IDEAS home Printed from https://ideas.repec.org/a/eee/poleco/v45y2016icp39-56.html
   My bibliography  Save this article

Do politicians reward core supporters? Evidence from a discretionary grant program

Author

Listed:
  • Kauder, Björn
  • Potrafke, Niklas
  • Reischmann, Markus

Abstract

We investigate whether politicians award intergovernmental grants to core supporters. Our new dataset contains information on discretionary project grants from a German state government to municipalities over the period 2008–2011. The results show that discretionary grants were awarded to municipalities with many core supporters of the incumbent state government. Discretionary grants per capita increased by about 1.4 percent when the vote share of the incumbent party in the state election increased by one percentage point. The fiscal capacity of a municipality does, by contrast, not predict the level of discretionary grants. We propose to trim discretionary project grants to the benefit of formula-based grants.

Suggested Citation

  • Kauder, Björn & Potrafke, Niklas & Reischmann, Markus, 2016. "Do politicians reward core supporters? Evidence from a discretionary grant program," European Journal of Political Economy, Elsevier, vol. 45(C), pages 39-56.
  • Handle: RePEc:eee:poleco:v:45:y:2016:i:c:p:39-56
    DOI: 10.1016/j.ejpoleco.2016.09.003
    as

    Download full text from publisher

    File URL: http://www.sciencedirect.com/science/article/pii/S0176268016301744
    Download Restriction: Full text for ScienceDirect subscribers only

    As the access to this document is restricted, you may want to look for a different version below or search for a different version of it.

    Other versions of this item:

    References listed on IDEAS

    as
    1. Foremny, Dirk & Freier, Ronny & Moessinger, Marc-Daniel & Yeter, Mustafa, 2014. "Overlapping political budget cycles in the legislative and the executive," ZEW Discussion Papers 14-099, ZEW - Zentrum für Europäische Wirtschaftsforschung / Center for European Economic Research.
    2. Pedro C. Vicente, 2014. "Is Vote Buying Effective? Evidence from a Field Experiment in West Africa," Economic Journal, Royal Economic Society, vol. 124(574), pages 356-387, February.
    3. Bracco, Emanuele & Lockwood, Ben & Porcelli, Francesco & Redoano, Michela, 2015. "Intergovernmental grants as signals and the alignment effect: Theory and evidence," Journal of Public Economics, Elsevier, vol. 123(C), pages 78-91.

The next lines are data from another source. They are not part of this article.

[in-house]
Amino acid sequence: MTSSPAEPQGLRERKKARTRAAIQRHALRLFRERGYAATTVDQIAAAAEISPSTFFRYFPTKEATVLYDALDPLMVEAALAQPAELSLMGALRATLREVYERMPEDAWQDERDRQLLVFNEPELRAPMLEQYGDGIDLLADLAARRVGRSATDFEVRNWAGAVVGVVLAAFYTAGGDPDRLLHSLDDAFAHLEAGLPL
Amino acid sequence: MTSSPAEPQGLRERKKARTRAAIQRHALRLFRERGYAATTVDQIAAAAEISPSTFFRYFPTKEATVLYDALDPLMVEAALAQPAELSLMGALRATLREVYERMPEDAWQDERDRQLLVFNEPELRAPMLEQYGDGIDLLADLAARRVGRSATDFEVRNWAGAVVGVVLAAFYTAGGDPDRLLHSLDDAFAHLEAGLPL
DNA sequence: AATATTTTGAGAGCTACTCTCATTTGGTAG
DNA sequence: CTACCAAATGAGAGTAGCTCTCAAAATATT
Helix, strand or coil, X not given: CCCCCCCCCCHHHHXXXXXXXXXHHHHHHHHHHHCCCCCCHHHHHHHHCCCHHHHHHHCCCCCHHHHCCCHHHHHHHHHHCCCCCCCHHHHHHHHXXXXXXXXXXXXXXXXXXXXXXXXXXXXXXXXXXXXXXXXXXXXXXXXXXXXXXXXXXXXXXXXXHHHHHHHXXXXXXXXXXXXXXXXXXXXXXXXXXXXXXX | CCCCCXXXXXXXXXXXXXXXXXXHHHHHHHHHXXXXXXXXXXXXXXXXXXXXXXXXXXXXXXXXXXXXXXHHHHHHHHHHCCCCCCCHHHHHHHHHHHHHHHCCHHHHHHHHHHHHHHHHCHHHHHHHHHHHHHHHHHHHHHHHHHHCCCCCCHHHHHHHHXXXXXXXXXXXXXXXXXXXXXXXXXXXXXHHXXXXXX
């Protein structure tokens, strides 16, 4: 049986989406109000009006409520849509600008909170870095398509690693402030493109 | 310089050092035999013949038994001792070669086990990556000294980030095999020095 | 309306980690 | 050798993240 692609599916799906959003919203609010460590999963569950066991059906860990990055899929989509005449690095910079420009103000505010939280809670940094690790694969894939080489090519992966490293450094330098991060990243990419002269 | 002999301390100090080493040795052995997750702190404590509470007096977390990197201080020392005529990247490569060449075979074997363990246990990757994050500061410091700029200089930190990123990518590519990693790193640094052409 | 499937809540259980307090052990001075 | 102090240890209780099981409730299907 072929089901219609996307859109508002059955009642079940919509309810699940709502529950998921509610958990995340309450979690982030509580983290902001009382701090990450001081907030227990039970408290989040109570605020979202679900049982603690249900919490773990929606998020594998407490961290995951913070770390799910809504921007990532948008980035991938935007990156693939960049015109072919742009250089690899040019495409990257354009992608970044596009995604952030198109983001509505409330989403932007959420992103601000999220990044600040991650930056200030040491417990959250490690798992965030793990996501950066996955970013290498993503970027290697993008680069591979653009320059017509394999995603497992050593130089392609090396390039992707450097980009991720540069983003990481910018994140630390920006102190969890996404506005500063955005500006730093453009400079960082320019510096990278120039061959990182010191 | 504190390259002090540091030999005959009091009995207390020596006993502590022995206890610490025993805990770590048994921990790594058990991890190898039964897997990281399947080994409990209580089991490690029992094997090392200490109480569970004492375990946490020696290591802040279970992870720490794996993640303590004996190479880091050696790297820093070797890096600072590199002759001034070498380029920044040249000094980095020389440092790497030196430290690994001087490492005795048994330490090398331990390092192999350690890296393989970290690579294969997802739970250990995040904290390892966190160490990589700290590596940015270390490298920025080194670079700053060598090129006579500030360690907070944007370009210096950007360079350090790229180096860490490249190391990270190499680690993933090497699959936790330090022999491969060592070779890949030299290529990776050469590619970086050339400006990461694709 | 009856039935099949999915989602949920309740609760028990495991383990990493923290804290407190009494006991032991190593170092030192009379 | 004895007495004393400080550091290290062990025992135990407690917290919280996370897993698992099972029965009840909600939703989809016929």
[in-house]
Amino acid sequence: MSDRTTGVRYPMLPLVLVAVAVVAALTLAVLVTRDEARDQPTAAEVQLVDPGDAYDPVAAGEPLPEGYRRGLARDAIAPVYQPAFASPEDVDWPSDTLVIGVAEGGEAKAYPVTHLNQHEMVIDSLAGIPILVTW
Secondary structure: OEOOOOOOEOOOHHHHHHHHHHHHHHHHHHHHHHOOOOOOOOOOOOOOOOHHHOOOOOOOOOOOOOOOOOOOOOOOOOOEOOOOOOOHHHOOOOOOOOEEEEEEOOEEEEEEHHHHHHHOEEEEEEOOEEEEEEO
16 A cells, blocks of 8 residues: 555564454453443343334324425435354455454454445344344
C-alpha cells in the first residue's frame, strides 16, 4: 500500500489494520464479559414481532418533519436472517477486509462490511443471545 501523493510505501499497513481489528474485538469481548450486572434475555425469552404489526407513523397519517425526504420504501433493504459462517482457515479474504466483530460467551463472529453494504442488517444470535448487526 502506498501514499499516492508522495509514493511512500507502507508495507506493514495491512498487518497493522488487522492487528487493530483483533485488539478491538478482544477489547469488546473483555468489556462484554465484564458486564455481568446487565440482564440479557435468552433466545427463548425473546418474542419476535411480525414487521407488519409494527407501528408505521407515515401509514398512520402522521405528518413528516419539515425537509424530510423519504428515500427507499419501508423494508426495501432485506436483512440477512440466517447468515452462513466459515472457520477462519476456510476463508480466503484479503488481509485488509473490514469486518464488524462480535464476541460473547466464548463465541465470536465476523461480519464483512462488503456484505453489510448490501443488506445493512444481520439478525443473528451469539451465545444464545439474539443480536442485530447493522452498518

4. Carozzi, Felipe & Repetto, Luca, 2016. "Sending the pork home: Birth town bias in transfers to Italian municipalities," Journal of Public Economics, Elsevier, vol. 134(C), pages 42-52.
    5. Grossman, Philip J, 1994. "A Political Theory of Intergovernmental Grants," Public Choice, Springer, vol. 78(3-4), pages 295-303, March.
    6. Marcelin Joanis, 2011. "The road to power: partisan loyalty and the centralized provision of local infrastructure," Public Choice, Springer, vol. 146(1), pages 117-143, January.
    7. Markus Tepe & Pieter Vanhuysse, 2009. "Educational business cycles," Public Choice, Springer, vol. 139(1), pages 61-82, April.
    8. Litschig, Stephan, 2012. "Are rules-based government programs shielded from special-interest politics? Evidence from revenue-sharing transfers in Brazil," Journal of Public Economics, Elsevier, vol. 96(11), pages 1047-1060.
    9. Foremny, Dirk & Riedel, Nadine, 2014. "Business taxes and the electoral cycle," Journal of Public Economics, Elsevier, vol. 115(C), pages 48-61.
    10. Assar Lindbeck & Jörgen Weibull, 1987. "Balanced-budget redistribution as the outcome of political competition," Public Choice, Springer, vol. 52(3), pages 273-297, January.
    11. Lars Feld & Christoph Schaltegger, 2005. "Voters AS A Hard Budget Constraint: On the Determination of Intergovernmental Grants," Public Choice, Springer, vol. 123(1), pages 147-169, April.
    12. Solé-Ollé, Albert & Sorribas-Navarro, Pilar, 2008. "The effects of partisan alignment on the allocation of intergovernmental transfers. Differences-in-differences estimates for Spain," Journal of Public Economics, Elsevier, vol. 92(12), pages 2302-2319, December.
    13. Chris Boone & Arindrajit Dube & Ethan Kaplan, 2014. "The Political Economy of Discretionary Spending: Evidence from the American Recovery and Reinvestment Act," Brookings Papers on Economic Activity, Economic Studies Program, The Brookings Institution, vol. 45(1 (Spring), pages 375-441.
    14. Fiva, Jon H. & Halse, Askill H., 2016. "Local favoritism in at-large proportional representation systems," Journal of Public Economics, Elsevier, vol. 143(C), pages 15-26.